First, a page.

Inducing Self-related Emotional Experience by Modulating the Speaking voice (SEEMS)

Name of applicant

Boris Kleber


Associate Professor


Aarhus University


DKK 4,237,800



Type of grant

Semper Ardens: Accelerate


It’s not what we say, it’s how we say it that conveys our emotions—or the emotions we wish to transmit. The human culture has developed a highly sophisticated and unique way to communicate thoughts and feelings states through words. Yet, underneath those words, we also express our emotions through other channels—using our body language, facial expressions, gestures, or, the sound of our voice. In fact, our voice's emotional tone is a powerful – yet often neglected – means of sending and perceiving socially relevant information. It is superimposed on speech sounds to provide essential information about who we are and how we feel. As listeners, we notice and respond to other people’s emotional expressions immediately. But, when we speak, we also hear and monitor ourselves, both consciously and unconsciously, at the same time. This process is different and more complex than listening to someone else’s voice, since we are both producers and perceivers. The goals of SEEMS are to elucidate the mechanisms by which we process the sound of our own voice and investigate what kind of awareness people have of their own emotional expressions.


Researchers so far have focused on establishing neurocognitive and neurobiological models concerning the verbal channel for speech processing. Yet, we still know little about the mechanisms that produce non-verbal emotional vocalizations and how the parallel feedback from one’s own voice can interact with how we feel. Using an innovative digital audio platform that can modify the emotional tone of people's voices while they are talking, researchers have provided first evidence that our emotional state changes with the emotional feedback we perceive from our voice. Even if we have no awareness that our voices sounds differently. SEEMS sets out to elucidate the underlying mechanisms by describing how our own voice can change our brain dynamics and consequently our mood.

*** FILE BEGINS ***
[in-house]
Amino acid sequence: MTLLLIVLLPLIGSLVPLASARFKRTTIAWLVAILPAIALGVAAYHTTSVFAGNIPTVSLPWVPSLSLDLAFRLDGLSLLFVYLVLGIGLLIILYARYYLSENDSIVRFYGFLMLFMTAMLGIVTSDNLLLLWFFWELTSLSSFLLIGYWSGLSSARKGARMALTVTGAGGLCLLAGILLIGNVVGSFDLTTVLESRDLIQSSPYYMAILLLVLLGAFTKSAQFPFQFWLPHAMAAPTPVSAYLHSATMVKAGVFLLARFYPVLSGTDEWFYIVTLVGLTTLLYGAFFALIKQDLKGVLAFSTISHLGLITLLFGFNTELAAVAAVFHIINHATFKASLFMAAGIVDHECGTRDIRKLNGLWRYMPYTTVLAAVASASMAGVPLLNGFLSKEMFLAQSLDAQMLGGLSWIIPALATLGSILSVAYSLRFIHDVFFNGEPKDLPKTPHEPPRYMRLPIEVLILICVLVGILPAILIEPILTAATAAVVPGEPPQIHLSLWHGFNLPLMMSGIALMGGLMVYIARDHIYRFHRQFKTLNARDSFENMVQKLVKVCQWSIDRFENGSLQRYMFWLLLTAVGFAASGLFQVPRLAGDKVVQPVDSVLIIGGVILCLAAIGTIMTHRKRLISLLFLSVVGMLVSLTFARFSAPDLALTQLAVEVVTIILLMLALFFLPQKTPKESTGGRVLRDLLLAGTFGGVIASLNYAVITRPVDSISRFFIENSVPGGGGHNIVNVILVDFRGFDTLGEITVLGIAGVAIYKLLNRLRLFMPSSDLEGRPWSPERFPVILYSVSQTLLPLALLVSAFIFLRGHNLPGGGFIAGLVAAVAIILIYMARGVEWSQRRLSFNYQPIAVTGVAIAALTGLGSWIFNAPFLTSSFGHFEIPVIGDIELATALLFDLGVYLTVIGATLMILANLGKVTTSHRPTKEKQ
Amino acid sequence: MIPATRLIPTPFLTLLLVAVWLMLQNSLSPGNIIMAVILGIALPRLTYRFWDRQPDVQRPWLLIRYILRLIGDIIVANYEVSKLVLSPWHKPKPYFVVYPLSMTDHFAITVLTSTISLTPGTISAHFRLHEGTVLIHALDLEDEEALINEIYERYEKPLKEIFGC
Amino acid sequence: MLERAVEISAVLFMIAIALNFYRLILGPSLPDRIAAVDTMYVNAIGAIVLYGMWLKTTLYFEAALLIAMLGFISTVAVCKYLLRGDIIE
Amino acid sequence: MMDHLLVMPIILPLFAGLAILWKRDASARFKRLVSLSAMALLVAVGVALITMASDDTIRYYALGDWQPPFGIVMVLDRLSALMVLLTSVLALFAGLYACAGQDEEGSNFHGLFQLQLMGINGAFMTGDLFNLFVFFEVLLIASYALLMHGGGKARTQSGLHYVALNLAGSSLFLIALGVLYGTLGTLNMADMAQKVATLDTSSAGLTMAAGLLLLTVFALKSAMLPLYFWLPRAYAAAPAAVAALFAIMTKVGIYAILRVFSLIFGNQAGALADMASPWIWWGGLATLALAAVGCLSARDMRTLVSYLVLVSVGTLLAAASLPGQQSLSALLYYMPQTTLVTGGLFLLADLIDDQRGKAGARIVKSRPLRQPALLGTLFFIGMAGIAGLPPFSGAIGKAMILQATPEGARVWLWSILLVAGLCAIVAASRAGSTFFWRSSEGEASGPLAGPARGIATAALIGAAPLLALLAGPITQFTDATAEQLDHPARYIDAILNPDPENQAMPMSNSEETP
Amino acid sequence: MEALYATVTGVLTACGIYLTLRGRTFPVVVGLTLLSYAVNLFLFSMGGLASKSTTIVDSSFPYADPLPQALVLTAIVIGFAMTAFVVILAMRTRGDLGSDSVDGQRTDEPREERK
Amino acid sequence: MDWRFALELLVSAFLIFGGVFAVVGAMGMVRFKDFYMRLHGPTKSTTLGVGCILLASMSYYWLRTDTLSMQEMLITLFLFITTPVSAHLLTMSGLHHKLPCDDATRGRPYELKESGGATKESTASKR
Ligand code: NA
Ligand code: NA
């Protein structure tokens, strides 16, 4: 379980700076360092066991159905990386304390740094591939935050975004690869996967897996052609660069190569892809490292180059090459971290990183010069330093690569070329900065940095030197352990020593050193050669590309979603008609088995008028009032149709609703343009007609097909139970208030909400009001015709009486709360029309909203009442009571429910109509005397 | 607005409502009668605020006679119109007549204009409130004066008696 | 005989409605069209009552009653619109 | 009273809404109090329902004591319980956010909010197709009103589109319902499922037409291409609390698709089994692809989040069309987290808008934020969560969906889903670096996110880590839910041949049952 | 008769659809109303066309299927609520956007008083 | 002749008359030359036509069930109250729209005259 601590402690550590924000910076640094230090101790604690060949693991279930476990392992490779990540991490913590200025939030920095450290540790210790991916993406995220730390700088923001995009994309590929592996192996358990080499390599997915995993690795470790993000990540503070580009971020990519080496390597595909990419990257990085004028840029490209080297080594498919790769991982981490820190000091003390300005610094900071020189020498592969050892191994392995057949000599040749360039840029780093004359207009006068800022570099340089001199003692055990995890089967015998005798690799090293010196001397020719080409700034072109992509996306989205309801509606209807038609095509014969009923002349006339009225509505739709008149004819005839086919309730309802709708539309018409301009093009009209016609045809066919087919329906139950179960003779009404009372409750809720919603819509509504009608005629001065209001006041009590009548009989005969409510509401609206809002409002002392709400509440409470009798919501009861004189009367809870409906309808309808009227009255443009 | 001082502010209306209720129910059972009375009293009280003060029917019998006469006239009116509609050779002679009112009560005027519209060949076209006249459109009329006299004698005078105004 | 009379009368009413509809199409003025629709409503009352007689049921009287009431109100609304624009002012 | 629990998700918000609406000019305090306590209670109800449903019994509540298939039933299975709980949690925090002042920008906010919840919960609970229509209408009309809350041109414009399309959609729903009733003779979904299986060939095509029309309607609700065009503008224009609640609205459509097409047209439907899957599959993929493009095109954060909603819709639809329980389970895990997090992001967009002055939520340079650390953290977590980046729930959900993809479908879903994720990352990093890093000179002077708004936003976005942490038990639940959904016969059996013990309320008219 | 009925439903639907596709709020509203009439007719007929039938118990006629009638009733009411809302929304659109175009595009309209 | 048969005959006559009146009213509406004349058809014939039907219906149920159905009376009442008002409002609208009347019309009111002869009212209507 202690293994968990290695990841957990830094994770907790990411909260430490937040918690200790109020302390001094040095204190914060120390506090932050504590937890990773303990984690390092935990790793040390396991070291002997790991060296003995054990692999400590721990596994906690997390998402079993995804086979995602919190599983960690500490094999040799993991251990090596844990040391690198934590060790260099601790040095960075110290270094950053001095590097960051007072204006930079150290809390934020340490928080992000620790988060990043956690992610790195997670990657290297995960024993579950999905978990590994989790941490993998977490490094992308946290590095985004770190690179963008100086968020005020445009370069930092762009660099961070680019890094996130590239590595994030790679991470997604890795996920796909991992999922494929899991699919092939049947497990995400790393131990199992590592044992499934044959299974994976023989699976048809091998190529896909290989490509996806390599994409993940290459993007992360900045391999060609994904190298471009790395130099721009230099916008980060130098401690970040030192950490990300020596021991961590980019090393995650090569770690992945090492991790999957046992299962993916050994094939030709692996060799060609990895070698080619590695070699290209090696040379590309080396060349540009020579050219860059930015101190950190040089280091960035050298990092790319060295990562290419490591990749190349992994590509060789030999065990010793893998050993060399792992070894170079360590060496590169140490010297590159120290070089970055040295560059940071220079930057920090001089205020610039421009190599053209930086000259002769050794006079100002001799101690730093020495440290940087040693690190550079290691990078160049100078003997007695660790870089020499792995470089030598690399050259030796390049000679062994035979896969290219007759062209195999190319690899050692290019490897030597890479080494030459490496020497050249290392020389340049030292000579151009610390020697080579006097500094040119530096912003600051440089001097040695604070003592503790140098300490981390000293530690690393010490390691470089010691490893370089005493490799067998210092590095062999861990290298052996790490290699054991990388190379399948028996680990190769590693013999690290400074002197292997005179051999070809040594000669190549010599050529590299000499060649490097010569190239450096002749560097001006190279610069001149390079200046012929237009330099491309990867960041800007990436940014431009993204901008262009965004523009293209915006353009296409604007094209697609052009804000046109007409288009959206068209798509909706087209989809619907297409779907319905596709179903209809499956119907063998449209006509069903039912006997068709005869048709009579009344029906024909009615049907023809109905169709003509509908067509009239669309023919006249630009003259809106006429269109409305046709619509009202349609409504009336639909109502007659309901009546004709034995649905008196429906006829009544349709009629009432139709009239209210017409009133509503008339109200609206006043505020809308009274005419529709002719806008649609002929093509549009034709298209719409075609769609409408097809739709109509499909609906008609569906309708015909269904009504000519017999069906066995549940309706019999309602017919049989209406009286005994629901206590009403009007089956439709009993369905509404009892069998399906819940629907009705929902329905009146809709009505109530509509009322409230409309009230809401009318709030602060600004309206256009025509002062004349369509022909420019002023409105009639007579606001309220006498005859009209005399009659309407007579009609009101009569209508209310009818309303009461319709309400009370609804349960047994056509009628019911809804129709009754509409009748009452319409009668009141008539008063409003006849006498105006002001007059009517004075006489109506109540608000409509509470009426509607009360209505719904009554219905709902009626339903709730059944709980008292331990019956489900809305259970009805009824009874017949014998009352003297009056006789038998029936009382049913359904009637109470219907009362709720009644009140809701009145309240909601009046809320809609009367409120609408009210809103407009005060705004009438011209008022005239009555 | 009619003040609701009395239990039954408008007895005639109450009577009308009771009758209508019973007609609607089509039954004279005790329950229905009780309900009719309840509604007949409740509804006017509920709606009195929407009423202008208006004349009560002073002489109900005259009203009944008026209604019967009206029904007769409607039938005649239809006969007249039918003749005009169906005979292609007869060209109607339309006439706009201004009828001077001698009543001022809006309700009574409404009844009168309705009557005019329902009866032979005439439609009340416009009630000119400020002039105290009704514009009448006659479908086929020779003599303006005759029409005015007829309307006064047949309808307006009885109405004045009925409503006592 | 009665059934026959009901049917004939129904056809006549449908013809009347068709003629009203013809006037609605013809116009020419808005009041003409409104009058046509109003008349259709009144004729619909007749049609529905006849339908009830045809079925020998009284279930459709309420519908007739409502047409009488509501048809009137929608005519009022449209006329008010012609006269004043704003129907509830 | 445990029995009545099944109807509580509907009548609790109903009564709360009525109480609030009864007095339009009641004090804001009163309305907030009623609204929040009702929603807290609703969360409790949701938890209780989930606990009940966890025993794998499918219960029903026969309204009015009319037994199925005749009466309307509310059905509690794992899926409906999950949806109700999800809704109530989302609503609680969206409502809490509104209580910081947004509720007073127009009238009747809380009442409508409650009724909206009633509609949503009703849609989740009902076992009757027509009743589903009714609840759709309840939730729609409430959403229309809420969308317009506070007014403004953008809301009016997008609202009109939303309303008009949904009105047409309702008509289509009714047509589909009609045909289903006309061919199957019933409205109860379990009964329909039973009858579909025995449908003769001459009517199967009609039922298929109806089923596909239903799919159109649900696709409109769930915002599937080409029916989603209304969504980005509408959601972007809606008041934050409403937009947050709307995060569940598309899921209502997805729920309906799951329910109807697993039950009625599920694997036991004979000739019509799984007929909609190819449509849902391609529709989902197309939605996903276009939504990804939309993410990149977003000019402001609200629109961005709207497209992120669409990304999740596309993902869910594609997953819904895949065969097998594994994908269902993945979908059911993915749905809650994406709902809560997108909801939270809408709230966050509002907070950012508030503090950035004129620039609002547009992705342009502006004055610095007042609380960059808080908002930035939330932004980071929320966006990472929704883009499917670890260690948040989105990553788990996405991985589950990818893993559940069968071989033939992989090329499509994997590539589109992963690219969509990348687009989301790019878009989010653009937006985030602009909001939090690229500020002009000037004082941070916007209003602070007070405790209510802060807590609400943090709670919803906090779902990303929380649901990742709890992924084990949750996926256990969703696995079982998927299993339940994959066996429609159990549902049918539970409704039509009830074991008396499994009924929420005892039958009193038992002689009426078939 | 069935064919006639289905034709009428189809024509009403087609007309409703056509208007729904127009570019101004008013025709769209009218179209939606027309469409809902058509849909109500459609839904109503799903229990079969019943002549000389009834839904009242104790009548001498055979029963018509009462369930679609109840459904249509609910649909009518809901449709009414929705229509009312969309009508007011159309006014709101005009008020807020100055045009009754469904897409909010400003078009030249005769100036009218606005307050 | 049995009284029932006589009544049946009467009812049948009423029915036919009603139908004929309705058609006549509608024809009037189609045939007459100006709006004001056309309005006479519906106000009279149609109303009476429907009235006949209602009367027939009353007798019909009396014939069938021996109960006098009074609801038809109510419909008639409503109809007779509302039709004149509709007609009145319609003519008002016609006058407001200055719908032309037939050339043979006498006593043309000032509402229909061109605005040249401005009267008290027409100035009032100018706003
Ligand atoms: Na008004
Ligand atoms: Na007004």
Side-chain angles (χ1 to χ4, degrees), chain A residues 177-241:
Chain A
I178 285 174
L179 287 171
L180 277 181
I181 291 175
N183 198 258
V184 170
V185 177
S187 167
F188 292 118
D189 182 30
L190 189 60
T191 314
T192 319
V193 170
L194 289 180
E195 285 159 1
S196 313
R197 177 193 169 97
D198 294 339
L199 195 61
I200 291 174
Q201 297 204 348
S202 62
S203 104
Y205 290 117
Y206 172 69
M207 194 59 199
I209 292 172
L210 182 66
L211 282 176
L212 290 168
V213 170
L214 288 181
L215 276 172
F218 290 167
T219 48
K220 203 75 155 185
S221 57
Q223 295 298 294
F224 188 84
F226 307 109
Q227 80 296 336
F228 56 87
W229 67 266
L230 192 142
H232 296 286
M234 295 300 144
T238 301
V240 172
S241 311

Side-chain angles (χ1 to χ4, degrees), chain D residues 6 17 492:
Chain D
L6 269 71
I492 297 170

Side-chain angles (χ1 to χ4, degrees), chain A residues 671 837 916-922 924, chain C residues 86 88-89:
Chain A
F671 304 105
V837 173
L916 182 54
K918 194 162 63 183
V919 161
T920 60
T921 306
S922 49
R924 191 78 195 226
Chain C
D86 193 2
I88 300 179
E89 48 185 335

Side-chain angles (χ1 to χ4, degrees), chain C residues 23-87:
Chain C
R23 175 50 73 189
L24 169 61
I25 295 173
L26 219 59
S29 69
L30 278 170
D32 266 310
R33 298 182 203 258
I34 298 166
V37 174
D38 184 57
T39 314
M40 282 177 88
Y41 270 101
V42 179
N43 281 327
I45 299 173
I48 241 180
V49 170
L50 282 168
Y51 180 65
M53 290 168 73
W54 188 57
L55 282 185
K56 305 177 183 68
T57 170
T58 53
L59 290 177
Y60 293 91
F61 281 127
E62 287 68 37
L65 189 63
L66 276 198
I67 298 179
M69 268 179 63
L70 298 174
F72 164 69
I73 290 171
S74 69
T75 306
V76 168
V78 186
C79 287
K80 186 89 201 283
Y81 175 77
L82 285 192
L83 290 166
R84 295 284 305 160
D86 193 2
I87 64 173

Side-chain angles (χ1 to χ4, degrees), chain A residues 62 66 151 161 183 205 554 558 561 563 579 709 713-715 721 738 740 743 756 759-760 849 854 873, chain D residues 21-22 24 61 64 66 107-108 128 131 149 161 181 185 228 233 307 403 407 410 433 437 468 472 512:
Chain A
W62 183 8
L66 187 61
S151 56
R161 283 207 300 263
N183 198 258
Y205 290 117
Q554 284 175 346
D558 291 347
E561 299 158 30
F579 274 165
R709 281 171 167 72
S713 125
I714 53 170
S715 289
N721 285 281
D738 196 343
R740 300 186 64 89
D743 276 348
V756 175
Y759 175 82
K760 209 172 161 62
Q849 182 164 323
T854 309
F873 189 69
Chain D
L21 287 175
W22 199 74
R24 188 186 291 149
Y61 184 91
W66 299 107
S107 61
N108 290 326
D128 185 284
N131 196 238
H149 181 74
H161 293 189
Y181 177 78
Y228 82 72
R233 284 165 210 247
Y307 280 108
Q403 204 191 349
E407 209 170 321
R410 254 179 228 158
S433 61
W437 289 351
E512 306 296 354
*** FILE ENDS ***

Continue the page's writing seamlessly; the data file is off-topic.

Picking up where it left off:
Self-perception theory holds that we make conclusions about ourselves by interpreting our own behavior. Thus, people may listen to their own voice to learn how they are feeling. SEEMS will measure brain activity as participants read short stories aloud, while simultaneously listening to their own altered voice, sounding happier or sadder, through a headset. We will first test if changes in how participants feel correspond to the emotion portrayed in the altered feedback. We then use artificial intelligence to reveal how the voice feedback effects on emotional experience map to changes in brain network activity. The results of this project will have significant impact for our understanding of how we respond to our own emotional expressions, elucidating the relationship between the expression and experience of emotions, and how emotions are generated by the brain.

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